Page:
• Using the wrong type of potato, like waxy varieties instead of starchy ones, can cause mashed potatoes to become gummy, similar to using soft wheat flour instead of hard wheat flour for making bread.
  • Adding liquid that is too cold, such as milk or butter, can affect the texture of mashed potatoes, akin to how adding cold liquids to a roux can result in a lumpy sauce.
  • Boiling potatoes improperly, either by starting them in hot water or overcooking, can lead to a gluey texture, as can happen with pasta that is started in warm water or overcooked.
  • To avoid gummy mashed potatoes, it’s recommended to use the right potato variety, avoid overmixing, add warm liquids, and cook potatoes correctly, much like following specific steps to achieve the perfect texture in risotto.

If you are asking yourself “Why are my mashed potatoes gummy?” you need to remember that there are three likely culprits. You are mashing them too much or too vigorously, you may not be using the right potato and you are mashing them after they have cooled a bit.  

It is recommended to use a potato masher or ricer but never a food processor. Too much or vigorous mashing releases too much starch and results in your potatoes becoming gummy. 

My mom mashed her potatoes with a regular table fork. And she was mashing potatoes for a family of four. I have to admit that I do use a potato masher, to begin with, but finish them with a hand-held electric mixer.  

To get rid of excess starch you need to rinse and soak your potatoes in cold water before cooking and warm or hot water after cooking and draining them. Although you can eat gummy mashed potatoes be aware of the texture difference. 

They may taste ok but the texture may be off-putting. You cannot fix gummy potatoes but they have their uses in casseroles instead.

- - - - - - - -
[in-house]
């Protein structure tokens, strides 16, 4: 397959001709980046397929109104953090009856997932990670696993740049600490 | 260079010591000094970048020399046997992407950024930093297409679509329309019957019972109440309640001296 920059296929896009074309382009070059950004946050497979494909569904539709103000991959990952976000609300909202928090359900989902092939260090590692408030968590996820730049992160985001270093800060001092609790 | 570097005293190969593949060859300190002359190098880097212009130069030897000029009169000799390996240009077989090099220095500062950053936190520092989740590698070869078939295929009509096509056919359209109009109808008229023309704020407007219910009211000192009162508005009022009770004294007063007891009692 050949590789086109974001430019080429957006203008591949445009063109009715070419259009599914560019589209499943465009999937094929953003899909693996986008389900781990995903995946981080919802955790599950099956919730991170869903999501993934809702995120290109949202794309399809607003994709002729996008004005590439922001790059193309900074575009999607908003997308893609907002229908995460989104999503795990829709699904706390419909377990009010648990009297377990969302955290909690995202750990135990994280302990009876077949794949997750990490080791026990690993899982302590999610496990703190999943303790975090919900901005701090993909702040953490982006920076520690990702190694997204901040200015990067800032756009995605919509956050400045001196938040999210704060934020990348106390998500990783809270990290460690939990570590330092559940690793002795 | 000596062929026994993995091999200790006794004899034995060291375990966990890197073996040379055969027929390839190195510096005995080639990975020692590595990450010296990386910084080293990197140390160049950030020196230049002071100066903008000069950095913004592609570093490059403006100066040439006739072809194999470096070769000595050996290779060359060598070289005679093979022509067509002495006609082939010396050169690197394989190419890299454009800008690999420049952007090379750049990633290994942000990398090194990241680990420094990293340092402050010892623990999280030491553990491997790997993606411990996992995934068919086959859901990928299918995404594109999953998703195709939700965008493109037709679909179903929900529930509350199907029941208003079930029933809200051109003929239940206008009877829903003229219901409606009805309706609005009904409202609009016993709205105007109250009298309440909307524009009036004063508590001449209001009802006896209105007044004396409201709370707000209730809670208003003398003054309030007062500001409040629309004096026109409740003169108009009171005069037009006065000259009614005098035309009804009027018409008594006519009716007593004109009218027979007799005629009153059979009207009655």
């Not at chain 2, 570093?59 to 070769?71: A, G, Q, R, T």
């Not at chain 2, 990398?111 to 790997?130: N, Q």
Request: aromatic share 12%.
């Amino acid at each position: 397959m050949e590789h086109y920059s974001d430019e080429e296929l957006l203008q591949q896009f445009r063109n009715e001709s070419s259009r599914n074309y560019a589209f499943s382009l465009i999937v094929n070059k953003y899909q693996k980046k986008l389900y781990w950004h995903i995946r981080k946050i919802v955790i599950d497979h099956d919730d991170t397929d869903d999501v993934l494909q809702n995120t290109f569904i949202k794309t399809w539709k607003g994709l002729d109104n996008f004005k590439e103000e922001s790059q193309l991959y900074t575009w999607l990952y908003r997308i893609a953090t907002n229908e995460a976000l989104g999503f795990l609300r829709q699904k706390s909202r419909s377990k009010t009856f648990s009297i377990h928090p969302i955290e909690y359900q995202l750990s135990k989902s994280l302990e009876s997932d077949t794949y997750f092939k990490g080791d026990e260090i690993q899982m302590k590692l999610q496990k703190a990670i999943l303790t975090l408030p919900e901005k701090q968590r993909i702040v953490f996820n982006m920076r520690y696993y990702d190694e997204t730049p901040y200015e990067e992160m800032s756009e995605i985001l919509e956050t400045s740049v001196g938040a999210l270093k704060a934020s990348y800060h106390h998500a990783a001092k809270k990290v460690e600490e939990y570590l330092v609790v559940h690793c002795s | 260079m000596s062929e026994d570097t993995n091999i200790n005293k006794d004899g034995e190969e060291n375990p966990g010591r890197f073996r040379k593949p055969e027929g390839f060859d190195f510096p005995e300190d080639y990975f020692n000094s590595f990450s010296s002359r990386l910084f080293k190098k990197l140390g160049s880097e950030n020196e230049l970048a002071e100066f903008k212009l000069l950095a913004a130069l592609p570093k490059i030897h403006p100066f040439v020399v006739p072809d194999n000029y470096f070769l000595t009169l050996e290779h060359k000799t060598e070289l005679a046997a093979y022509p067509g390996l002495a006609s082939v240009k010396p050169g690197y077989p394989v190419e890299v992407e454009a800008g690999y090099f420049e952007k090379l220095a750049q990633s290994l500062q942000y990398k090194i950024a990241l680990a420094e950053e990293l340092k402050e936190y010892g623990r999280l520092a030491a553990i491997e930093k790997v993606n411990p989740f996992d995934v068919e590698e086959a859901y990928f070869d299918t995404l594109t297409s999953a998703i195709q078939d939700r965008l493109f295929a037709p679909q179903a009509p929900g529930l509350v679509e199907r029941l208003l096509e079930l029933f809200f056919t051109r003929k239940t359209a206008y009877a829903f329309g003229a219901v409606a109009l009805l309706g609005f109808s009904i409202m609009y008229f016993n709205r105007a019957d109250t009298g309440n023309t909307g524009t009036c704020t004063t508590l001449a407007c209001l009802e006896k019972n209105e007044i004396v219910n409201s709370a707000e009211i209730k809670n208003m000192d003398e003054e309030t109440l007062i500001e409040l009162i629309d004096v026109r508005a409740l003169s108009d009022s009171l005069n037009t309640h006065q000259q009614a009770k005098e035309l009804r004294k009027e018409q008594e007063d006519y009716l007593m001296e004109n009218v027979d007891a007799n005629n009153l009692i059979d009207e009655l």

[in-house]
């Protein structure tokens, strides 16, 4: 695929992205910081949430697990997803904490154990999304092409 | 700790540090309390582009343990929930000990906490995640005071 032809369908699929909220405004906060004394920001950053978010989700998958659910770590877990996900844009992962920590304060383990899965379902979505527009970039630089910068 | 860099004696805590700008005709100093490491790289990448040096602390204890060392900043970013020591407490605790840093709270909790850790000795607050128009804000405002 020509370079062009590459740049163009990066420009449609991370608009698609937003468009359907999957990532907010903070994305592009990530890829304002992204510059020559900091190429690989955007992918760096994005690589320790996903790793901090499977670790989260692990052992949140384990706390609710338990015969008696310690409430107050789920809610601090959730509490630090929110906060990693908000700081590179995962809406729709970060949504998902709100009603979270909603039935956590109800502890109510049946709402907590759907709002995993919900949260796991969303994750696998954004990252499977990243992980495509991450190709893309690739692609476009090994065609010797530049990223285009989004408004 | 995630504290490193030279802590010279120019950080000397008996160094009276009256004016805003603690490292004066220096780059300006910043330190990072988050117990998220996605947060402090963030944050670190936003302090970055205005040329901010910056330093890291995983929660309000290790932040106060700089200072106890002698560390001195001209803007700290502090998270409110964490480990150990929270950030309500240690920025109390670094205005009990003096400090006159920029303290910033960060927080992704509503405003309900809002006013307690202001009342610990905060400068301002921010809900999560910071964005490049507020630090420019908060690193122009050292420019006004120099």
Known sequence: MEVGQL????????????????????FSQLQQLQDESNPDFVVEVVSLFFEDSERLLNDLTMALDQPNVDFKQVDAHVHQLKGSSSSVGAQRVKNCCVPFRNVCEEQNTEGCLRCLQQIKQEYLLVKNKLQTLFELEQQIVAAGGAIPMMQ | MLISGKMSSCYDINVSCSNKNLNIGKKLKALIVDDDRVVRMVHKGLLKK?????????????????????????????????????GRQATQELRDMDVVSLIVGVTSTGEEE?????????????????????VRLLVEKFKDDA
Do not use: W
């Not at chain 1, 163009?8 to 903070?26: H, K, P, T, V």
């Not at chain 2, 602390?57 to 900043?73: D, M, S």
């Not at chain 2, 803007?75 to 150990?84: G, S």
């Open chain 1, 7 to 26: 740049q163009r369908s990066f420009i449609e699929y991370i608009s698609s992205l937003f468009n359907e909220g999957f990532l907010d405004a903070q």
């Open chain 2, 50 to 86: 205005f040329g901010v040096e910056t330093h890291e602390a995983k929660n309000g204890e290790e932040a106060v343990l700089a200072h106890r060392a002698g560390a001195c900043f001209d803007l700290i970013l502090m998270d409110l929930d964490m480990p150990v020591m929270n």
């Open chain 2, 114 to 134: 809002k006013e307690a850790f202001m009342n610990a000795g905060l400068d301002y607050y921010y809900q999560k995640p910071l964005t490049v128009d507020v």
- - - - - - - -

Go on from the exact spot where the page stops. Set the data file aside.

Knowing the best potatoes to use for mashed potatoes will result in those wonderful fluffy mashed potatoes. In my research for this article, I found that you should not introduce cold milk into your potatoes and your butter should be at room temperature while mashing them.

But I have to be honest, I do use cold milk and I have never had my mashed potatoes turn out gummy, except the time I mashed them when the potatoes had cooled. 

mashed potatoes

I hope that this article was helpful in your mashed potato adventures and that your mashed potatoes do not become gummy. Please leave a comment below with your thoughts.

And as always, have a wonderful day!

FAQ: Why Are My Mashed Potatoes Gummy?

1. What causes mashed potatoes to become gummy?

  • Gummy mashed potatoes often result from over-mashing or using a food processor, which releases too much starch from the potatoes. This excess starch makes the mashed potatoes sticky and unpleasantly thick.
  • The type of potato used can also affect the outcome; some potatoes have higher starch content and are more prone to becoming gummy when overworked.

2. How can I prevent my mashed potatoes from becoming gummy?

  • To prevent gumminess, it’s best to mash the potatoes gently and stop once they reach the desired consistency. Avoid over-mashing to minimize the risk of releasing too much starch.
  • Using the right tools can help, such as a potato masher or ricer, instead of high-speed mixers or processors that can overwork the potatoes quickly.

3. Are there specific types of potatoes that are better for making mashed potatoes?

  • Yes, choosing the right type of potatoes can make a big difference. Waxy potatoes or those with less starch content, like red potatoes, tend to hold their shape better and are less likely to become gummy.
  • Floury potatoes like Russets or Yukon Golds are great for mashing but require careful handling to avoid becoming too starchy.

4. What is the best way to cook potatoes for mashing to avoid gumminess?

  • Cooking potatoes properly is crucial. It’s best to start them in cold water and bring them to a boil; this ensures they cook evenly. Be sure to cook them until they are tender but not falling apart, as overcooking can also contribute to gumminess.
  • Another tip is to mash the potatoes while they are still hot, as they will be softer and easier to work with, reducing the need for excessive mashing.